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Health equity in the New Zealand health care system: a national survey

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  • Health Equity
  • Global Health
  • Studies
  • Economics
  • Medicine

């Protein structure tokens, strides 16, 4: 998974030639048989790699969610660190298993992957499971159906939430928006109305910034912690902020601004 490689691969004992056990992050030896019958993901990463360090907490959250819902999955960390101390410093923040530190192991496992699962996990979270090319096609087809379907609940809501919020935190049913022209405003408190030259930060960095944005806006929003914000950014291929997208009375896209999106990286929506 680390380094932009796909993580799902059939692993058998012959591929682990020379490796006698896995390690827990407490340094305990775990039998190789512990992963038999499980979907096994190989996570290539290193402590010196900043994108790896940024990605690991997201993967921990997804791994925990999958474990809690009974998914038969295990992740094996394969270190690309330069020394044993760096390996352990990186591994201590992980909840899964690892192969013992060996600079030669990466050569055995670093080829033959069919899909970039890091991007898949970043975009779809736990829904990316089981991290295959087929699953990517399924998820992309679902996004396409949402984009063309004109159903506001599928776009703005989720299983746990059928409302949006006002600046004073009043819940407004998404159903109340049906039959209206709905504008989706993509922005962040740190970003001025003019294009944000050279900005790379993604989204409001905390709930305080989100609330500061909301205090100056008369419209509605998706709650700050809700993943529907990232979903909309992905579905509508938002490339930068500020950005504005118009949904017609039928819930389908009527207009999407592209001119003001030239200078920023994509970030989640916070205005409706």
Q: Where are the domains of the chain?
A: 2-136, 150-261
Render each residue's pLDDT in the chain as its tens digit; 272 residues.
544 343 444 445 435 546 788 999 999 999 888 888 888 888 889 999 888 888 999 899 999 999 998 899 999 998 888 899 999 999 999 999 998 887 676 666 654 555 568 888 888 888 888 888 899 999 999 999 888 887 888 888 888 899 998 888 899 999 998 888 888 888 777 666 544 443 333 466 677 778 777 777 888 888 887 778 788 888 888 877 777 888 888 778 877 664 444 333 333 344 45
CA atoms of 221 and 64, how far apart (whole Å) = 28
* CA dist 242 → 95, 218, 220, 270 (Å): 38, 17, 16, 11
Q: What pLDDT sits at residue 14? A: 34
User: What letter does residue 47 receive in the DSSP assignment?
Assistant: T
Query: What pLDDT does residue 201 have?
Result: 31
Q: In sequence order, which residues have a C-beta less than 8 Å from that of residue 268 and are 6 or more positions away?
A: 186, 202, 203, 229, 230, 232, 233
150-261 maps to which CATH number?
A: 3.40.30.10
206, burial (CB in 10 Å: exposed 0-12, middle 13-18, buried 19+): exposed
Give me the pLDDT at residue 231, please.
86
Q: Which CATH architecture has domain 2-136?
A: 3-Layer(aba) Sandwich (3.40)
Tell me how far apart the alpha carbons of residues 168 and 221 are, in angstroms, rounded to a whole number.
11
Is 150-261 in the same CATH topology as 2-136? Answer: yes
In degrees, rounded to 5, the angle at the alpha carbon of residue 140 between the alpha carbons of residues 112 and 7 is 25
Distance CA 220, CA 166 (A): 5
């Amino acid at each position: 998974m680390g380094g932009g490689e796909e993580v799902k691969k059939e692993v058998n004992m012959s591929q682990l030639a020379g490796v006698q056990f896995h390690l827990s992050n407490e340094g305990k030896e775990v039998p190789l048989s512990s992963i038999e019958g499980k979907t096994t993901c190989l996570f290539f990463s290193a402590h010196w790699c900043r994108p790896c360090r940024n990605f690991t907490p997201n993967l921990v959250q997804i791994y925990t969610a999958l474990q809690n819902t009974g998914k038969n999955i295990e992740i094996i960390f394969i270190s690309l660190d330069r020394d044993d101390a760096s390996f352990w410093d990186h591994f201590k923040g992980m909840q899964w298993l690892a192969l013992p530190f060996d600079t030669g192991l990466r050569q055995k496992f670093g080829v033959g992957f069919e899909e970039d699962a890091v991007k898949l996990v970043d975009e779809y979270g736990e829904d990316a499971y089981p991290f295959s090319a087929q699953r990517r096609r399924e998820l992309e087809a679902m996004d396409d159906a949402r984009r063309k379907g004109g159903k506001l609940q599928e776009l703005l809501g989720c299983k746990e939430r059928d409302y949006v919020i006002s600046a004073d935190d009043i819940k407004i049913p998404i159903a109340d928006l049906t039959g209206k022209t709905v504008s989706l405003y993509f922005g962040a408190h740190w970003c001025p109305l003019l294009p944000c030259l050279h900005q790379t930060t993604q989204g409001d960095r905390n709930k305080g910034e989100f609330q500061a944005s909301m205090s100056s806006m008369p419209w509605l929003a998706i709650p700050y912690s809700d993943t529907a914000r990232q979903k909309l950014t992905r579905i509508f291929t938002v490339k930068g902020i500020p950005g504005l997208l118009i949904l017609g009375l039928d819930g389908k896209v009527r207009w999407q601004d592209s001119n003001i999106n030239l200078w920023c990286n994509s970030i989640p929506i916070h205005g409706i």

Health equity in the New Zealand health care system: a national survey RESEARCH Open Access Health equity in the New Zealand health care system: a national survey Nicolette F Sheridan1*, Timothy W Kenealy2, Martin J Connolly3,5, Faith Mahony4, P Alan Barber2,6, Mary Anne Boyd5, Peter Carswell4, Janet Clinton4, Gerard Devlin2,7, Robert Doughty2,6, Lorna Dyall4, Ngaire Kerse4, John Kolbe2,6, Ross Lawrenson2,7 and Allan Moffitt8 Abstract Introduction: In all countries people experience different social circumstances that result in avoidable differences in health. In New Zealand, Māori, Pacific peoples, and those with lower socioeconomic status experience higher levels of chronic illness, which is the leading cause of mortality, morbidity and inequitable health outcomes. Whilst the health system can enable a fairer distribution of good health, limited national data is available to measure health equity. Therefore, we sought to find out whether health services in New Zealand were equitable by measuring the level of development of components of chronic care management systems across district health boards. Variation in provision by geography, condition or ethnicity can be interpreted as inequitable. Methods: A national survey of district health boards (DHBs) was undertaken on macro approaches to chronic condition management with detail on cardiovascular disease, chronic obstructive pulmonary disease, congestive heart failure, stroke and diabetes. Additional data from expert informant interviews on program reach and the cultural needs of Māori and Pacific peoples was sought. Survey data were analyzed on dimensions of health equity relevant to strategic planning and program delivery. Results are presented as descriptive statistics and free text. Interviews were transcribed and NVivo 8 software supported a general inductive approach to identify common themes. Results: Survey responses were received from the majority of DHBs (15/21), some PHOs (21/84) and 31 expert informants. Measurin

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